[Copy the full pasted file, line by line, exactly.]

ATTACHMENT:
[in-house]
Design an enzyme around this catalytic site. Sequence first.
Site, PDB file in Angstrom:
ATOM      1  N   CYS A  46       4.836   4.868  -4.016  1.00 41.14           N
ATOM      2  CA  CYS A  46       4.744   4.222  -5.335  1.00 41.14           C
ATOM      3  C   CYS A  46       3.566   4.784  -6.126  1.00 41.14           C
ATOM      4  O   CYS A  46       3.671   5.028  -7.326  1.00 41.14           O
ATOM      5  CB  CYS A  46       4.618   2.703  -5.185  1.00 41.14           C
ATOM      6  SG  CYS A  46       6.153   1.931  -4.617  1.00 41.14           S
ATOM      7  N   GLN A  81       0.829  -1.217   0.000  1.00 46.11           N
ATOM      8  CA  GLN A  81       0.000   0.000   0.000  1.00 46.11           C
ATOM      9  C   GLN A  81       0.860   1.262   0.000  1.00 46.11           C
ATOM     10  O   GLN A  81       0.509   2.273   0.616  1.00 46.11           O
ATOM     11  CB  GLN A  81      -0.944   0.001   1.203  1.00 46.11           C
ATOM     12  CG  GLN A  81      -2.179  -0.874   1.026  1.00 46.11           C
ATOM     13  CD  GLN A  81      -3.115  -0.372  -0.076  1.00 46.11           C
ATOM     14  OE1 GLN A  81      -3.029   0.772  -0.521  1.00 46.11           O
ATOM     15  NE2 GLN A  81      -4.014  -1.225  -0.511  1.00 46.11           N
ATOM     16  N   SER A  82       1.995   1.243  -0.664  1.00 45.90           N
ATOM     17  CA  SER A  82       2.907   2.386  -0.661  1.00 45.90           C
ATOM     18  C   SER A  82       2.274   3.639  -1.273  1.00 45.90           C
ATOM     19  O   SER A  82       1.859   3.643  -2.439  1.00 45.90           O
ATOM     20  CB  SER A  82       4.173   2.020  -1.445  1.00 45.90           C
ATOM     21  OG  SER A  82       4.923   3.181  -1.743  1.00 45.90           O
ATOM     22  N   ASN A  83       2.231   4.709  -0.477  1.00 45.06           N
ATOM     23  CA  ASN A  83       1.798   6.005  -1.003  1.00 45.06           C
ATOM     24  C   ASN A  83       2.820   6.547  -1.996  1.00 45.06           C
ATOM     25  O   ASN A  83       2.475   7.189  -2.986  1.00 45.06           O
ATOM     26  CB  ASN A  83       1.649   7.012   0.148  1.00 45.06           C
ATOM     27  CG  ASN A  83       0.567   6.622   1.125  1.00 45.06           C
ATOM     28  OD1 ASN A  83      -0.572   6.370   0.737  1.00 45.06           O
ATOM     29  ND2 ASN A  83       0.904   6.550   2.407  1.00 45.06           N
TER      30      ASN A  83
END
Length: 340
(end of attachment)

[in-house]
Design an enzyme around this catalytic site. Sequence first.
Site, PDB file in Angstrom:
ATOM      1  N   CYS A  46       4.836   4.868  -4.016  1.00 41.14           N
ATOM      2  CA  CYS A  46       4.744   4.222  -5.335  1.00 41.14           C
ATOM      3  C   CYS A  46       3.566   4.784  -6.126  1.00 41.14           C
ATOM      4  O   CYS A  46       3.671   5.028  -7.326  1.00 41.14           O
ATOM      5  CB  CYS A  46       4.618   2.703  -5.185  1.00 41.14           C
ATOM      6  SG  CYS A  46       6.153   1.931  -4.617  1.00 41.14           S
ATOM      7  N   GLN A  81       0.829  -1.217   0.000  1.00 46.11           N
ATOM      8  CA  GLN A  81       0.000   0.000   0.000  1.00 46.11           C
ATOM      9  C   GLN A  81       0.860   1.262   0.000  1.00 46.11           C
ATOM     10  O   GLN A  81       0.509   2.273   0.616  1.00 46.11           O
ATOM     11  CB  GLN A  81      -0.944   0.001   1.203  1.00 46.11           C
ATOM     12  CG  GLN A  81      -2.179  -0.874   1.026  1.00 46.11           C
ATOM     13  CD  GLN A  81      -3.115  -0.372  -0.076  1.00 46.11           C
ATOM     14  OE1 GLN A  81      -3.029   0.772  -0.521  1.00 46.11           O
ATOM     15  NE2 GLN A  81      -4.014  -1.225  -0.511  1.00 46.11           N
ATOM     16  N   SER A  82       1.995   1.243  -0.664  1.00 45.90           N
ATOM     17  CA  SER A  82       2.907   2.386  -0.661  1.00 45.90           C
ATOM     18  C   SER A  82       2.274   3.639  -1.273  1.00 45.90           C
ATOM     19  O   SER A  82       1.859   3.643  -2.439  1.00 45.90           O
ATOM     20  CB  SER A  82       4.173   2.020  -1.445  1.00 45.90           C
ATOM     21  OG  SER A  82       4.923   3.181  -1.743  1.00 45.90           O
ATOM     22  N   ASN A  83       2.231   4.709  -0.477  1.00 45.06           N
ATOM     23  CA  ASN A  83       1.798   6.005  -1.003  1.00 45.06           C
ATOM     24  C   ASN A  83       2.820   6.547  -1.996  1.00 45.06           C
ATOM     25  O   ASN A  83       2.475   7.189  -2.986  1.00 45.06           O
ATOM     26  CB  ASN A  83       1.649   7.012   0.148  1.00 45.06           C
ATOM     27  CG  ASN A  83       0.567   6.622   1.125  1.00 45.06           C
ATOM     28  OD1 ASN A  83      -0.572   6.370   0.737  1.00 45.06           O
ATOM     29  ND2 ASN A  83       0.904   6.550   2.407  1.00 45.06           N
TER      30      ASN A  83
END
Length: 340